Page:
Students kick off pledge campaign for "No Phone Zone"Apr 20, 2010
Sending text messages and even talking on cell phones while driving can be a potentially lethal combination. Yet, most young drivers will admit they engage in the activities on a regular basis. That's why Miami University students will be asking their peers to sign a pledge to stop using their phones while driving.
Miami’s Mobile Health Unit peer educators and students in the kinesiology and health class, Contemporary Issues in Men’s Health, are organizing the pledge drive that begins at 11:30 a.m. Wednesday, April 21, on Miami’s Hamilton campus during the Spring Fling Festival. The Mobile Health Unit will be parked in the circle in front of Rentschler Hall until 2 p.m. The pledge drive will continue at various locations on the Oxford campus through April 30, which coincides with National No Phone Zone Day on “The Oprah Winfrey Show.” Winfrey started the campaign in January to collect pledges to not text or talk on the phone while driving.
Miami junior Timothy Chasteen, a physical education and health education double major, is already on board.
“I once wanted to see what this driving while texting rage was all about, so I tried it,” Chasteen recalled. “Every time I would look up from the message I was creating, I’d notice that my car miraculously had made it at least a third of the way into another lane. Long story short, my texting while driving career was short lived.”
Miami’s goal is to have five percent or 800 students sign the pledge, but only if they’ll honor it.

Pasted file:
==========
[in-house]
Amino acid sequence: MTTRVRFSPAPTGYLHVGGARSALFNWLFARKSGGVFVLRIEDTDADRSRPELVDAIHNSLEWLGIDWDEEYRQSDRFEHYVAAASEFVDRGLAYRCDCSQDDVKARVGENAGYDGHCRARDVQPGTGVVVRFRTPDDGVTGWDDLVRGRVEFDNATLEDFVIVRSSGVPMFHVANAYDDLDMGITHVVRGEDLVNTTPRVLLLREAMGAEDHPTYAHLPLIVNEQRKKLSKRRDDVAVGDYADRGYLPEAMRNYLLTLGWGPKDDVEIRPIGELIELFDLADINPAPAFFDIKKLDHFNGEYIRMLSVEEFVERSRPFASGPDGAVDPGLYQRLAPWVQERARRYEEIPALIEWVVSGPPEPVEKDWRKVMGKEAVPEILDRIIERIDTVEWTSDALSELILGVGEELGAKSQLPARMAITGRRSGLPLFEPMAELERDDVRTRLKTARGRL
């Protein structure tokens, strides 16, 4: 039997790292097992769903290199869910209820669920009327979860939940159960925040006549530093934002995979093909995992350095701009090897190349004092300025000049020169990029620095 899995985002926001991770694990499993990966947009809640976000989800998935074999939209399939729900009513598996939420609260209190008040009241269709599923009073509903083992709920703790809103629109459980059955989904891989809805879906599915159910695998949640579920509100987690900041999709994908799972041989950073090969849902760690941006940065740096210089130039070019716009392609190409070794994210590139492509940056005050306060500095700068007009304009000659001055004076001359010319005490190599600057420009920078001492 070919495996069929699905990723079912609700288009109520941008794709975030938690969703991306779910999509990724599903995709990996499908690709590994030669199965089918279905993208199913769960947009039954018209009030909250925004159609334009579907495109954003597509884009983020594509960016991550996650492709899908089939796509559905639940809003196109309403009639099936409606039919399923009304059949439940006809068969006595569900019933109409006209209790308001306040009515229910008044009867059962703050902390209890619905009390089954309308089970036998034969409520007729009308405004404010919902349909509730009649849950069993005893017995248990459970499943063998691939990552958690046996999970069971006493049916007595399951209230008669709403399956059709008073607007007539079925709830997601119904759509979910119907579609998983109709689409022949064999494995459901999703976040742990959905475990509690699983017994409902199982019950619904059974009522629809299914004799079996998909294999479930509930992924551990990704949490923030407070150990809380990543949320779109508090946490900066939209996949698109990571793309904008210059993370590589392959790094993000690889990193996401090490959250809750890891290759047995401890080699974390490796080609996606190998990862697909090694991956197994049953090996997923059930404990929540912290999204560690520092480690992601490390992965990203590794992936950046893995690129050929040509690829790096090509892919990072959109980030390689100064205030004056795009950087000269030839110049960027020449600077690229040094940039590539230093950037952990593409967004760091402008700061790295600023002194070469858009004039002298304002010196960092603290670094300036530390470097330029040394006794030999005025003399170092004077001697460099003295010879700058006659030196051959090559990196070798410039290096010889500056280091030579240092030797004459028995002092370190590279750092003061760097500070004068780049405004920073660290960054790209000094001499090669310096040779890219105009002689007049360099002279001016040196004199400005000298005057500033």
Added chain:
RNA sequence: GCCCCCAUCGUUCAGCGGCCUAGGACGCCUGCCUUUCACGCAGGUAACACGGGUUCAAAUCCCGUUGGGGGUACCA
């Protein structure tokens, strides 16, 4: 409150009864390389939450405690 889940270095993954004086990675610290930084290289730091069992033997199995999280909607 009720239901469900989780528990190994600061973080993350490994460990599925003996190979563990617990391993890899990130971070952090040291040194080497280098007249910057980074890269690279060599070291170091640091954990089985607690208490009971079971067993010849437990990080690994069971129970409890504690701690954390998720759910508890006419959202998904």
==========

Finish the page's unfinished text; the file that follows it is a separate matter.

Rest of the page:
“Life is worth more than a text or a phone call; that’s the message we want to relate to our students,” said Reginald Fennell, professor of kinesiology and health. “This isn’t a contest to see how many pledge cards we get. We want students to take the pledge seriously.”
According to the Centers for Disease Control, motor vehicle accidents are the leading cause of death for people between 16 and 20, accounting for more than 5,000 deaths each year. Andrew Delzoppo, a junior health studies major, knows the dangers of distracted driving but admits it’s a hard habit to break.
“I have had some close calls while texting and driving, such as nearly going off the road and veering into the rumble strips on freeways, but I still do it,” Delzoppo said. “I also talk on the phone while driving, which increases directly with the duration of the drive, because it saves me from falling asleep behind the wheel and causing potentially catastrophic problems.”
The pledge drive hopes to reach students like Delzoppo. Students will be given a postcard with a message on one side about the Mobile Health Unit and the other side will feature a text message or story written by fellow students, designed to show how connected their generation is to phones and technology.
“We may not get five percent of our students to take the pledge,” Fennell said. “The goal is to start conversations about this problem, so if we only get 200 students to sign the pledge, yet talk with 2,000 students about the dangers, we’re making an impact.”